The attention of the audience is then drawn to the tasting experiment packet (Figure 1). In this packet are 4 experiments:

  • i) Raw Cocoa bean
  • ii) Dark vs. Milk Chocolate
  • iii) Smooth vs. Grainy Chocolate
  • iv) Tempered vs. Un-tempered

At this point experiment i) is conducted with the expected result that people dislike the taste of a raw cocoa bean (as it is rather sour/bitter). The general picture of chocolate production, from the fruit of a cocoa tree (cocoa pods) to the resulting cocoa mass and cocoa butter that is generated from the process. For summary purposes the details will not be described.

The remaining taste tests are then used to guide the audience towards making certain observations about chocolate, more specifically with regards to the three questions described previously.

Figure 1. The tasting experiment packet. Contents include: (A) Envelope for distribution to the audience; (B) Small plastic bags inside the envelope for each taste experiment (i-iv).
Figure 2. (A) The major ingredients of chocolate. The other three images are used to represent the essential ingredients that were the focus of the talk. (B) Cocoa Butter represented by the Triglyceride molecule (a component that is hydrophobic). (C) Cocoa mass represented by a serotonin molecule (a component that is hydrophilic). (D) Soy Lecithin represented by a lecithin molecule (the compound is amphiphilic and occurs naturally but is added when producing chocolate).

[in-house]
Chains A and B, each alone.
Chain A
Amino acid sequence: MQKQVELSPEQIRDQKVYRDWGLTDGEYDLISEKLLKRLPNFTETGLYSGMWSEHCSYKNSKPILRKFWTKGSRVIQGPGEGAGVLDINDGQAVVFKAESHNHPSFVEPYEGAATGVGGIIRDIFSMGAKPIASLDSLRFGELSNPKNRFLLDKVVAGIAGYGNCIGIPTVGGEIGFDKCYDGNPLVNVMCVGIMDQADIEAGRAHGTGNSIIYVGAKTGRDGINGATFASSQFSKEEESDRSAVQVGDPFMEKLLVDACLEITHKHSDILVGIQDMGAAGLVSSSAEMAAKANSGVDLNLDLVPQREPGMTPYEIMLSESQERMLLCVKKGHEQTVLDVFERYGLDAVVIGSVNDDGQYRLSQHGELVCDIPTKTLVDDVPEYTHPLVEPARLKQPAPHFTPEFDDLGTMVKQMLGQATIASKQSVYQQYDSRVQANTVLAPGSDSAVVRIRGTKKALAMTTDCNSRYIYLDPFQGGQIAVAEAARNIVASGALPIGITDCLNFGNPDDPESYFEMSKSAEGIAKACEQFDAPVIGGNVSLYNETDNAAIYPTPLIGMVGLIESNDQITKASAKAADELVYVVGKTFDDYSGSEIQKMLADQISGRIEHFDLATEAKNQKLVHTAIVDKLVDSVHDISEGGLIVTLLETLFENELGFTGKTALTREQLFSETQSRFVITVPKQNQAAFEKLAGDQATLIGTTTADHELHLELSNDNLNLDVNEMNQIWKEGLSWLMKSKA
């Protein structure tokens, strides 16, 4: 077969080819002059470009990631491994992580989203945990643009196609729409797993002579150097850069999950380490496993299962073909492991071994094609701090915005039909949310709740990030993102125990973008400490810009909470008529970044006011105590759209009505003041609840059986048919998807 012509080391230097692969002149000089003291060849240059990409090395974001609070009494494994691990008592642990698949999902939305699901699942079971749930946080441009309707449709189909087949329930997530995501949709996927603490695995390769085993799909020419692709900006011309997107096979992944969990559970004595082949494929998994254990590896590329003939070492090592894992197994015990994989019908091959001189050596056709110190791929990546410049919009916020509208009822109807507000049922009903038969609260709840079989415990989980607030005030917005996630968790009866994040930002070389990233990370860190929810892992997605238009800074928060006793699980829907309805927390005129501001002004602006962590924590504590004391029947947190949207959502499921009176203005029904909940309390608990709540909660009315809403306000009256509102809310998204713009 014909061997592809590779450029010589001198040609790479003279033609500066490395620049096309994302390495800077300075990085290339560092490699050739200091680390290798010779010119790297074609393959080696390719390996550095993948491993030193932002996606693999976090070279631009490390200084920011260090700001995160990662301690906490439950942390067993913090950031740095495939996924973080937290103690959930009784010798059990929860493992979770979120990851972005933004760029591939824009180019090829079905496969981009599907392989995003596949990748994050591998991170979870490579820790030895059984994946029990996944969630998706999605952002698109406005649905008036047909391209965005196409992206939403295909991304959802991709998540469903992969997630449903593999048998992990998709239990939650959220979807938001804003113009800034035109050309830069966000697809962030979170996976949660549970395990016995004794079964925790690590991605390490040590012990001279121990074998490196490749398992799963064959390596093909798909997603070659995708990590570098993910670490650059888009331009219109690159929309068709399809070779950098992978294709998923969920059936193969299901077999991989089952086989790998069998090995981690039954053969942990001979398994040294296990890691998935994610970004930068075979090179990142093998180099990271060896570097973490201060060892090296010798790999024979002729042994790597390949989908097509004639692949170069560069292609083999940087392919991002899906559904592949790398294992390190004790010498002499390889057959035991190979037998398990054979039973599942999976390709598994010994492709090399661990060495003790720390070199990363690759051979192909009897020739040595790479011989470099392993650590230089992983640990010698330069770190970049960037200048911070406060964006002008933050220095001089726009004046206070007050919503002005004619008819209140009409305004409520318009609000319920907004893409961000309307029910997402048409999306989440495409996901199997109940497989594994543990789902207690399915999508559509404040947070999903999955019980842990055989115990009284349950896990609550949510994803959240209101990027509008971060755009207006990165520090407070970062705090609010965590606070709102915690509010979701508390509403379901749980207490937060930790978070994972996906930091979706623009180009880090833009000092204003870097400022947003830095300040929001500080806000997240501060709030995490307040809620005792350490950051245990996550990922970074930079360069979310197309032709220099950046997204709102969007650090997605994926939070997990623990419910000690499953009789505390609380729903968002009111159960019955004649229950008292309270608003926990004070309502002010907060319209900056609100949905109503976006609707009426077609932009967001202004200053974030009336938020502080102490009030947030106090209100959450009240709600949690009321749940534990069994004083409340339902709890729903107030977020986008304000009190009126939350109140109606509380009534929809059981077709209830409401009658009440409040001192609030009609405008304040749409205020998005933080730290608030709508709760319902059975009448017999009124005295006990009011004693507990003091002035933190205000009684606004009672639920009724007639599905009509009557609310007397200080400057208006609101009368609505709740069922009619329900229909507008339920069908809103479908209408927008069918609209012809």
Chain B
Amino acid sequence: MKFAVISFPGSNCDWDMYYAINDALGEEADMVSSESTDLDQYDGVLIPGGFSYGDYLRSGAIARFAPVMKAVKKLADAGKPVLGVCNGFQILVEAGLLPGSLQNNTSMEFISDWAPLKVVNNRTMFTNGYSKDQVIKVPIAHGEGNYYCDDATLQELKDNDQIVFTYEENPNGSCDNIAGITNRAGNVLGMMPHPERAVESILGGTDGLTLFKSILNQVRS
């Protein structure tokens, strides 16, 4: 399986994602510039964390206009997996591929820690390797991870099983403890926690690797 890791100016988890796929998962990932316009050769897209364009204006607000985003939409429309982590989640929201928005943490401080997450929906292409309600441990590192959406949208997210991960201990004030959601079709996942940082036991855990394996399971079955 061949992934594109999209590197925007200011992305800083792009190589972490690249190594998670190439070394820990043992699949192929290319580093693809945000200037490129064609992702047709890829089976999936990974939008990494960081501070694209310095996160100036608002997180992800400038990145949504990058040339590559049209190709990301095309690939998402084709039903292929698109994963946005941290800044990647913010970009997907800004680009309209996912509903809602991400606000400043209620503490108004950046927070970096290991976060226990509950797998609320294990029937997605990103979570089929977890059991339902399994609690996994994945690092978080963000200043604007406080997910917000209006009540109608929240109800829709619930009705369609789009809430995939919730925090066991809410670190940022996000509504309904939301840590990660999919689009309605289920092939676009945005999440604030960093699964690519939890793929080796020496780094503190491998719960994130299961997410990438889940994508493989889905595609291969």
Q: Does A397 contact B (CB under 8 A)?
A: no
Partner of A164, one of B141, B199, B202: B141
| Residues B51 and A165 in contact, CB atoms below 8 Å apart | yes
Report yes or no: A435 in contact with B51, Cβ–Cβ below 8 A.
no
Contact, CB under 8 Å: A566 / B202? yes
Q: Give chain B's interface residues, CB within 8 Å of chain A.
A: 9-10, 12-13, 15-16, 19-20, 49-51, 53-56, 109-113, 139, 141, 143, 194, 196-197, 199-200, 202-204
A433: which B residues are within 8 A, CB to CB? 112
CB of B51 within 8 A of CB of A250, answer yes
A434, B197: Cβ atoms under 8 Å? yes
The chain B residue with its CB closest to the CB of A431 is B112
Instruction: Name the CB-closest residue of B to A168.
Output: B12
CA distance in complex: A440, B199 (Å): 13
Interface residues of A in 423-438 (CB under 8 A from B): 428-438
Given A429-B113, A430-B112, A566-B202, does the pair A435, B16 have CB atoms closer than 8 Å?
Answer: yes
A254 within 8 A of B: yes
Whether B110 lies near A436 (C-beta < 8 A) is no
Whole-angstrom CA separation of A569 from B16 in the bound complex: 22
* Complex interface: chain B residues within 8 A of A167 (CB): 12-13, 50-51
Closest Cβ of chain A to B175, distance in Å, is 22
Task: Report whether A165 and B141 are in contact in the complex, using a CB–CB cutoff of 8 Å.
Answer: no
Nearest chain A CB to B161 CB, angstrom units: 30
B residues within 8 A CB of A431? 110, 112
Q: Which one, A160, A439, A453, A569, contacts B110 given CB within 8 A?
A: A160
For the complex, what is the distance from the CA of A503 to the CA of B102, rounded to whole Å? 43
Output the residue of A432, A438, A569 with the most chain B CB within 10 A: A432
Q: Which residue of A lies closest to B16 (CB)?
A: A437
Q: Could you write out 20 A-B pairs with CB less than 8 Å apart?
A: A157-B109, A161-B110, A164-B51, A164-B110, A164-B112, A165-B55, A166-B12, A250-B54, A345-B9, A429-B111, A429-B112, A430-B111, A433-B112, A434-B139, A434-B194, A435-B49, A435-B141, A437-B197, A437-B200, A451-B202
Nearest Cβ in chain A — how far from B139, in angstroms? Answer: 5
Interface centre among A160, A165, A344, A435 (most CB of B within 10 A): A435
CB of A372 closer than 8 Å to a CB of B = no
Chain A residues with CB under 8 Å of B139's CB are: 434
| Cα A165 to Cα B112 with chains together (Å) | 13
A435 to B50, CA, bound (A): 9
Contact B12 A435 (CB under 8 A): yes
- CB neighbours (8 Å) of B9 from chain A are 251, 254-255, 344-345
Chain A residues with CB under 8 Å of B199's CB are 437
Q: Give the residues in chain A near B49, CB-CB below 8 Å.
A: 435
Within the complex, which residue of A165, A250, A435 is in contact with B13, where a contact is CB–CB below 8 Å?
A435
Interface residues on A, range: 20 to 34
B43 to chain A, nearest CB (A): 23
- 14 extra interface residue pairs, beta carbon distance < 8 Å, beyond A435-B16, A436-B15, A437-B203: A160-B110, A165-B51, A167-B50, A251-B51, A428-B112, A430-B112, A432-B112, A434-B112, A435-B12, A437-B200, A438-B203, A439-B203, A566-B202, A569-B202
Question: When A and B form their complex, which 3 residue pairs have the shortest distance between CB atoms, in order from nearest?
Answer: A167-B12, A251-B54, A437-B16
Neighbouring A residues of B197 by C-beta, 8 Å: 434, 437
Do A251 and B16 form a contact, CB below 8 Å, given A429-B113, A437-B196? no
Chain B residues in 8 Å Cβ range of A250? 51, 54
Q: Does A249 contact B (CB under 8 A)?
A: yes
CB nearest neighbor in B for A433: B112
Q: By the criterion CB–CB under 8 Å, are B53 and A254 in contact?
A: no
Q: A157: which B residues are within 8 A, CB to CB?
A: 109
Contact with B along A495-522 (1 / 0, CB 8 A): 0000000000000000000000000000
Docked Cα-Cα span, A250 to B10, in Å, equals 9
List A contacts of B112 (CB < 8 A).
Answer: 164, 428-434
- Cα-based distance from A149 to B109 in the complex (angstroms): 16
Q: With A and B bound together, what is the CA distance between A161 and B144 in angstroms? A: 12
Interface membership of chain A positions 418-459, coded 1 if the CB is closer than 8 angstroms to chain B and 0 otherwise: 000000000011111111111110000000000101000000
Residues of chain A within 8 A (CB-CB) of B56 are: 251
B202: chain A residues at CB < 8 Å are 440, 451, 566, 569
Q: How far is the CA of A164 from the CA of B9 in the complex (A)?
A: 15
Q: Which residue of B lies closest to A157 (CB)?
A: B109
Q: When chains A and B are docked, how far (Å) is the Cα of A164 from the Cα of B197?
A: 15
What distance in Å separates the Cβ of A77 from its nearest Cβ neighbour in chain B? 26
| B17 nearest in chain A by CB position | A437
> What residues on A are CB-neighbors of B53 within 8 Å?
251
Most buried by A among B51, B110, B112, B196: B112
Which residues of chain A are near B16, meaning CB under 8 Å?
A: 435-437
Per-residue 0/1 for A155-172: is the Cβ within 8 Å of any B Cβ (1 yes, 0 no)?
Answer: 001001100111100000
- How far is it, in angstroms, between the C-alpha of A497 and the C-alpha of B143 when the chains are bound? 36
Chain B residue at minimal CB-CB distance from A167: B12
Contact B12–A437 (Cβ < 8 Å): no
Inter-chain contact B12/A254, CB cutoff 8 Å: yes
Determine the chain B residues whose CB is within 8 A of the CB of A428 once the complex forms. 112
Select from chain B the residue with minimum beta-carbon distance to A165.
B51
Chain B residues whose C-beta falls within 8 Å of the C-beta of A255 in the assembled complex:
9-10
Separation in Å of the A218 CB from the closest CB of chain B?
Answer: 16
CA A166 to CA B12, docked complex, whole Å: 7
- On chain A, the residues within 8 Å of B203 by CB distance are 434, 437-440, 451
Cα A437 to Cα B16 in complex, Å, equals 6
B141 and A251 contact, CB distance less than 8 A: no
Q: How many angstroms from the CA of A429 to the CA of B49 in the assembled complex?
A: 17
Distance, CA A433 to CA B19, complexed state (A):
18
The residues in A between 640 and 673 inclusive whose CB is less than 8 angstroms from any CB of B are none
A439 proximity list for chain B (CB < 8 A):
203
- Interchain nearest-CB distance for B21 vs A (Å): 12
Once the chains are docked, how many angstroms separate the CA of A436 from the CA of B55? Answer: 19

Figure 3. Depicted above are the main scientific themes with regards to the study of chocolate. (A) Phase transitions. (B) Emulsification. (C) Nucleation and Crystal Formation. These three themes are explored through the use of questions that can be explained by using these concepts.

Q1: Chocolate's Melting Temperature

Experiment ii) involves sampling small pieces of dark and milk chocolates. The audience is instructed to simultaneously place the chocolates on different sides of the tongue and observe which one melted first. A show of hand is then used to records the "results", making a clear demonstration that the milk chocolate melts first.

How this is then explained is by introducing the concept of phase diagrams. This is demonstrated in three ways:

Demo 1: Water, Ice and Steam - Temperature

    • Water is used as the system of interest to illustrate the three basic phases (solid, liquid, and gas), and how temperature can affect the phase of a substance.
    • A simulation (Figure 3A) is used to demonstrate the motion of molecules in each of the phases at different temperatures.
    • A group of children are then invited to the stage to act out this physically (going from solid->liquid->gas), thus illustrating the thermal motions in a different way.

Demo 2: Fats and Oils

    • The Melting of chocolate has much to do with cocoa butter (the major fat component)
    • Some fats are liquid at room temperature, whilst others are solid. This is explained by using molecular structure (kinked vs straight chains) and close-packing arguments.
    • Olive oil (unsaturated fatty acid, and thus kinked chain) is compared to butter (saturated fatty acid, and thus straight).

Demo 3: Melting of Fats